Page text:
The many examples of women’s exploits that Berkin weaves through Revolutionary Mothers form the strength of her book. Through these stories, she provides sufficient evidence to prove several of her main arguments. She illustrates the bravery of Revolutionary women through the actions of housewives like Lydia Darragh, who risked her safety to travel out of British-occupied Philadelphia and relay intelligence to Washington’s army, enabling Washington to be prepared for the oncoming British forces (p. 139-41). Through the actions of loyalist women like Grace Galloway, who resisted the attempts of the American army to confiscate her husband’s property, Berkin shows how women acted as “surrogate husbands” who tended to the family farm and property while the men were taking part in the war (p. 94-96). Berkin uses the example of Esther deBerdt Reed and Sarah Bache to illustrate the political participation of women during the Revolution. Angered that the American troops did not have enough clothing and supplies, Reed and Bache argued that women must be “useful” and formed the Ladies Association to raise funds from Pennsylvania women for the war effort (p. 44-45). Berkin notes, however, that these women did not remain the political sphere beyond their coordination of the Ladies Association. Instead, they were honored as seamstresses who made clothing for the soldiers during the war, thus showing their return to a traditional female role (p. 48-49). Finally, Berkin uses the last chapter of her book to provide examples of changes in women’s roles due to the Revolution. Despite the fact that most women returned to traditional roles after the war, women like Abigail Adams and Judith Sargent Murray began to push for enhanced property rights and political participation for women. While Berkin concludes that these women were largely concerned with extending their role as housewife to a national stage, she notes that their efforts left open the possibility for female political leaders to arise in the future (p. 159).
The evidence that Berkin provides to defend her assertion that the actions of women during the Revolution merely extended their role as “eternal helpmates” to men is less convincing. In the first chapter, she argues that the Revolution “stretched to its limits” the idea that women served as helpmates to their husbands but ultimately did not mark a change in women’s roles. Some of the evidence that Berkin provides throughout the book, however, does not match this assertion. Rather, many of her chosen examples illustrate women who blurred the line between men’s and women’s roles for their own benefit and not for their husband’s.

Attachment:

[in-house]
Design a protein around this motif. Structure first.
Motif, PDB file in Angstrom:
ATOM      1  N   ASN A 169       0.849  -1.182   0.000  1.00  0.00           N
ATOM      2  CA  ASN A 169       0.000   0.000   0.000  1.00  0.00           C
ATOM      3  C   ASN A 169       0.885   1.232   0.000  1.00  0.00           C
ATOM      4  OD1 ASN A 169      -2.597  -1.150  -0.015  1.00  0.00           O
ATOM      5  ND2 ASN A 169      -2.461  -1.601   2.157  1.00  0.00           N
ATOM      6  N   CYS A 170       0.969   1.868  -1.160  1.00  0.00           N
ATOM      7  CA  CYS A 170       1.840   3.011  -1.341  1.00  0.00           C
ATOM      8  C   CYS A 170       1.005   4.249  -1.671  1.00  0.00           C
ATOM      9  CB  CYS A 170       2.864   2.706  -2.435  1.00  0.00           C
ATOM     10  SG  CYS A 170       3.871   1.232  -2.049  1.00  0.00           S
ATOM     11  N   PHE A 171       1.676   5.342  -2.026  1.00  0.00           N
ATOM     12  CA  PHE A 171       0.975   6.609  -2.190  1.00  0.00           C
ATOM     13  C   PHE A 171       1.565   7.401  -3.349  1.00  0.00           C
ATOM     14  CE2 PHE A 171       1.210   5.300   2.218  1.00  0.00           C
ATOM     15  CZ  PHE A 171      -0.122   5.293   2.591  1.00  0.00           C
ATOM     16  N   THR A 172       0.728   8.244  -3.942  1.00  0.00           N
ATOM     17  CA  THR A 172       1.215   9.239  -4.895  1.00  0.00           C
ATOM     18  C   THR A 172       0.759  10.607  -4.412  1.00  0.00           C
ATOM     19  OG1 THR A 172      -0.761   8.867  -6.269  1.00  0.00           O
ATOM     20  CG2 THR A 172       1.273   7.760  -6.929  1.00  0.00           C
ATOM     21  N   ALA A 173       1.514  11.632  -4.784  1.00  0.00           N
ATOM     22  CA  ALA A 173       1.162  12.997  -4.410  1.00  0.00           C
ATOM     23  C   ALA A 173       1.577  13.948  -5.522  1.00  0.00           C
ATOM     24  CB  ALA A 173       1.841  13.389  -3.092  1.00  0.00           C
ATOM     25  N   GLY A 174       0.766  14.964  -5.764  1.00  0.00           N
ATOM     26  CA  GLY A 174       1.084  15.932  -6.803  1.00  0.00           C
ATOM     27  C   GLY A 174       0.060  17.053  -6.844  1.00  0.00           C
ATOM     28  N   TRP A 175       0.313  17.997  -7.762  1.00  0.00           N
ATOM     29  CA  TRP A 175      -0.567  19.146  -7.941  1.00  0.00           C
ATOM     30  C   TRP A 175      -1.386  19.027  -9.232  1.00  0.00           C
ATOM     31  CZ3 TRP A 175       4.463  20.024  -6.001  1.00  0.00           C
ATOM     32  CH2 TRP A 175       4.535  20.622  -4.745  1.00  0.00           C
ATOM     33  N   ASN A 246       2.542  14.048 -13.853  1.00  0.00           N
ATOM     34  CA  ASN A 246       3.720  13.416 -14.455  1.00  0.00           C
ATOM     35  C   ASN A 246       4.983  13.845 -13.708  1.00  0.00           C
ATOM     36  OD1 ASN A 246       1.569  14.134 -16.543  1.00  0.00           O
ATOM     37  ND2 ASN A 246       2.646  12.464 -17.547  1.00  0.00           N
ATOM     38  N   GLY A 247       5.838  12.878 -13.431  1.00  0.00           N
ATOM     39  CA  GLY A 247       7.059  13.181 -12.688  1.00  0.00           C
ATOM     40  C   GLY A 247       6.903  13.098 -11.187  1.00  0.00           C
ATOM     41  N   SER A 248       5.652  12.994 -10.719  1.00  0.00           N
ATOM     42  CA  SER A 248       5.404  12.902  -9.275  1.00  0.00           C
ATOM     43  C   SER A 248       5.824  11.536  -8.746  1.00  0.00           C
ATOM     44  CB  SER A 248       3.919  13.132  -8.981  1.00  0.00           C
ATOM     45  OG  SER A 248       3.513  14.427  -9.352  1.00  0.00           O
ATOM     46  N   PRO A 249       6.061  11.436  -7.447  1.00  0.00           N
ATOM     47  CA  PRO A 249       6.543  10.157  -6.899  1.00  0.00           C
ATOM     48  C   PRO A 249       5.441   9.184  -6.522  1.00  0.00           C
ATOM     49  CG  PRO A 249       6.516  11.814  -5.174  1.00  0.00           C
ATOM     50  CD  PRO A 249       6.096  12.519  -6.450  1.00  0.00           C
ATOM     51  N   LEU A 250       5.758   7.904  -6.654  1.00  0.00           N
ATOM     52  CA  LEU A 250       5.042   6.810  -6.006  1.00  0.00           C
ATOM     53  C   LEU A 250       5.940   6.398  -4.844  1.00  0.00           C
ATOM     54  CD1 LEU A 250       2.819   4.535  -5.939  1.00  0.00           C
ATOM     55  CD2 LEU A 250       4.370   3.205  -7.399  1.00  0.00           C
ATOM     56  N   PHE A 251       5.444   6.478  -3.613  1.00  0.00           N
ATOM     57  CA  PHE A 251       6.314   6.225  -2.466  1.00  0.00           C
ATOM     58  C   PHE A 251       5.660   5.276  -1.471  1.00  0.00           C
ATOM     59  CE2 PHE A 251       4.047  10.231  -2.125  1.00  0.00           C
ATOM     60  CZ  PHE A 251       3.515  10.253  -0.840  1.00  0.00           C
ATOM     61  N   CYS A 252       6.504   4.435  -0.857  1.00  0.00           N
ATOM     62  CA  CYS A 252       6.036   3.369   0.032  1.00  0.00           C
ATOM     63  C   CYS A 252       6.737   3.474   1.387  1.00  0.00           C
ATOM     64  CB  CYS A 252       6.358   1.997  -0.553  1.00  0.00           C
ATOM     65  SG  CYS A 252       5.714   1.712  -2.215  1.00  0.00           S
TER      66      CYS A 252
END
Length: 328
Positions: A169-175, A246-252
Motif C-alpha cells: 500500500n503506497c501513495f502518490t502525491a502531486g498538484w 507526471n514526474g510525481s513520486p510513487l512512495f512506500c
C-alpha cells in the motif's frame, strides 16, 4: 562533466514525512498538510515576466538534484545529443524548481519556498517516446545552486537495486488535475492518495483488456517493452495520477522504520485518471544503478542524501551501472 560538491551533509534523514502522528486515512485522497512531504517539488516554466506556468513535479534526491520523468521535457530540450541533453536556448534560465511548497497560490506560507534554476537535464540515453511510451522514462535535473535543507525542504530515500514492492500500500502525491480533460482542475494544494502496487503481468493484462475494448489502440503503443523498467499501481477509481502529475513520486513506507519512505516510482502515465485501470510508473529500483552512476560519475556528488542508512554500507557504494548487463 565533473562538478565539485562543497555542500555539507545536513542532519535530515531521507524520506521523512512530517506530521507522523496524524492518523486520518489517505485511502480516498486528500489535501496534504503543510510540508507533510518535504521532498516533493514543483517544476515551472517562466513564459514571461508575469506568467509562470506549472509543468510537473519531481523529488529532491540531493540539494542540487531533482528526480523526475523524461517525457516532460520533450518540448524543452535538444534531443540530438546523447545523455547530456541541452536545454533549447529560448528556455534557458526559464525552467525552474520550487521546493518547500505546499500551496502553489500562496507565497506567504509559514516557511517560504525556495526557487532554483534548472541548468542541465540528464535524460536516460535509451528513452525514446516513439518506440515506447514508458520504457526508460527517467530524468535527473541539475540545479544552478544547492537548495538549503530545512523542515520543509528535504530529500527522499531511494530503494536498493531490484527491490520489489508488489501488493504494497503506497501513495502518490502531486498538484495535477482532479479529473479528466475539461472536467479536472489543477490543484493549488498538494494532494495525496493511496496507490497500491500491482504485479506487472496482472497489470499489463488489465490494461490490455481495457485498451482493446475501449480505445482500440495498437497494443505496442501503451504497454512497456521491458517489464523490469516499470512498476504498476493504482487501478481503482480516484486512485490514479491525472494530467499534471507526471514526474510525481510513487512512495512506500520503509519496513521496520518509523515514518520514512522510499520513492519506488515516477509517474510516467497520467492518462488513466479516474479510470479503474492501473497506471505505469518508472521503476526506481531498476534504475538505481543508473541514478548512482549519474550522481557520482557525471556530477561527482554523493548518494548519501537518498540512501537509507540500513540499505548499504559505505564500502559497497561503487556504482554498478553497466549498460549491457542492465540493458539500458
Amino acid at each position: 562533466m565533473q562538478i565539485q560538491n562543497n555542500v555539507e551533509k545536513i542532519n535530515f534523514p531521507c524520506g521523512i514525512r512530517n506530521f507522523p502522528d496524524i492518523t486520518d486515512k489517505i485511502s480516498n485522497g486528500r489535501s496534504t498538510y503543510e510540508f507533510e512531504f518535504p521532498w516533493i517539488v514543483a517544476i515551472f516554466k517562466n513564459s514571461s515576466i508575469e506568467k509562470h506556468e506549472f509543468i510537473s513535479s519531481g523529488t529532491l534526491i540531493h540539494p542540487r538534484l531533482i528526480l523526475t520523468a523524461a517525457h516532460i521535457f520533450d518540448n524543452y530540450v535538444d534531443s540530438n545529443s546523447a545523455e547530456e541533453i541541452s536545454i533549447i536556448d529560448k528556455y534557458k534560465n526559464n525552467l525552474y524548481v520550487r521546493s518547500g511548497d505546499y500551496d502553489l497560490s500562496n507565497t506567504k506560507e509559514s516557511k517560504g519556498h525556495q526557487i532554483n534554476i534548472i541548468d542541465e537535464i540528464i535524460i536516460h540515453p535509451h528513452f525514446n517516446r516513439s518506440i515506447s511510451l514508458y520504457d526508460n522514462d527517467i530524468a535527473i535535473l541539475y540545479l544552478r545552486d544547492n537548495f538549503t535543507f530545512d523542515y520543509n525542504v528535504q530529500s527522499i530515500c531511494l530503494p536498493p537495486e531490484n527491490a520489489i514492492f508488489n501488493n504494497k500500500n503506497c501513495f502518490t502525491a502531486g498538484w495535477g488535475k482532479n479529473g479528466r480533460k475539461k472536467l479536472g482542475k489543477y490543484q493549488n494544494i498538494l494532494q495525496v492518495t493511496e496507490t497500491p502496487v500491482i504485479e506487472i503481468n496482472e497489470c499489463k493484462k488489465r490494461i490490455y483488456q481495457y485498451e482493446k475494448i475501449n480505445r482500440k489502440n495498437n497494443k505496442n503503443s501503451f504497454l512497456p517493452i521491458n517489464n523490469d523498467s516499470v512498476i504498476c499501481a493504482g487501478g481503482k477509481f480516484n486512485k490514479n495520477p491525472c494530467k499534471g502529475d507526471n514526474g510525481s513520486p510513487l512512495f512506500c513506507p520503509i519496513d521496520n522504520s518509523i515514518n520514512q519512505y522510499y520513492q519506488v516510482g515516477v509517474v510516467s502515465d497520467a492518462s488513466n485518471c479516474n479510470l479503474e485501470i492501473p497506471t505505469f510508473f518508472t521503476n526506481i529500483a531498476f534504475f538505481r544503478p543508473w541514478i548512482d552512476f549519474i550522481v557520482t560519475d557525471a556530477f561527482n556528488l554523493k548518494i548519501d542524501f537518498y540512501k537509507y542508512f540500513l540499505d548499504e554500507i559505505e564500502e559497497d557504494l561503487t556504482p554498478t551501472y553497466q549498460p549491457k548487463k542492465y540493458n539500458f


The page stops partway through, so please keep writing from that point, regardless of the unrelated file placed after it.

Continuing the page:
An example of a woman who served as more than just a helpmate can be seen in the trials encountered by the Baroness von Riedesel on her journey to join her husband in America. Circumstances that she faced along the journey required her to take control of her household to provide for her children and to wounded and starving soldiers. Even after she rejoined her husband, his poor health required her to move beyond her role as a helpmate and oversee family affairs (p. 90-91). Other women, like Rebecca Motte, found themselves in situations that required them make split-second decisions in the absence of their husbands. When British forces moved toward Motte’s house, she quickly instructed American troops to set it on fire to prevent the British from taking hold (p. 144). In the chapter on Native American women, Berkin argues that the outcome of the Revolution was of great importance to Indian women because an American victory would result in a drastic reduction of their social power (p. 107). These women, like Molly Brant, navigated between white and Indian culture to persuade Native Americans to fight on behalf of Britain and negotiate agreements between Indian nations and the two warring sides. Berkin depicts Brant as a woman who served not as a helpmate to male soldiers and leaders, but as a leader herself among the Mohawk and other Indian communities (p. 110-13). In the presence of this evidence, it is difficult to assert, as Berkin does, that all women served as nothing more than helpmates to men, as many women, including those in non-white cultures, constantly blurred the line between traditional male and female roles.
In the end, Revolutionary Mothers is a worthwhile book for historians, educators, and the general public to read due to the multitude of examples that Berkin provides about the roles of women during the Revolution. The presence of evidence that contrasts with one of her central arguments does not depreciate the value of her work. Berkin’s book provides a concise companion to the traditional, male-centered historiographical record of the Revolution, and her research brings to light the important roles that women played in the war for independence without casting them as the central focus of the war. Through Revolutionary Mothers, readers can appreciate the efforts of women that were necessary for the United States to achieve independence, and they can also see the building blocks that were laid for future expansions of women’s right and roles. If, as Berkin asserts, women served primarily as helpmates to men before, during, and after the Revolution, then Revolutionary Mothers enables readers to understand the starting point from which American women moved toward greater participation outside the home in the centuries after the war ended.
1 Carol Berkin, Revolutionary Mothers: Women in the Struggle for America’s Independence (New York City: Vintage Books, 2005), xi. All further citations will be included in the text.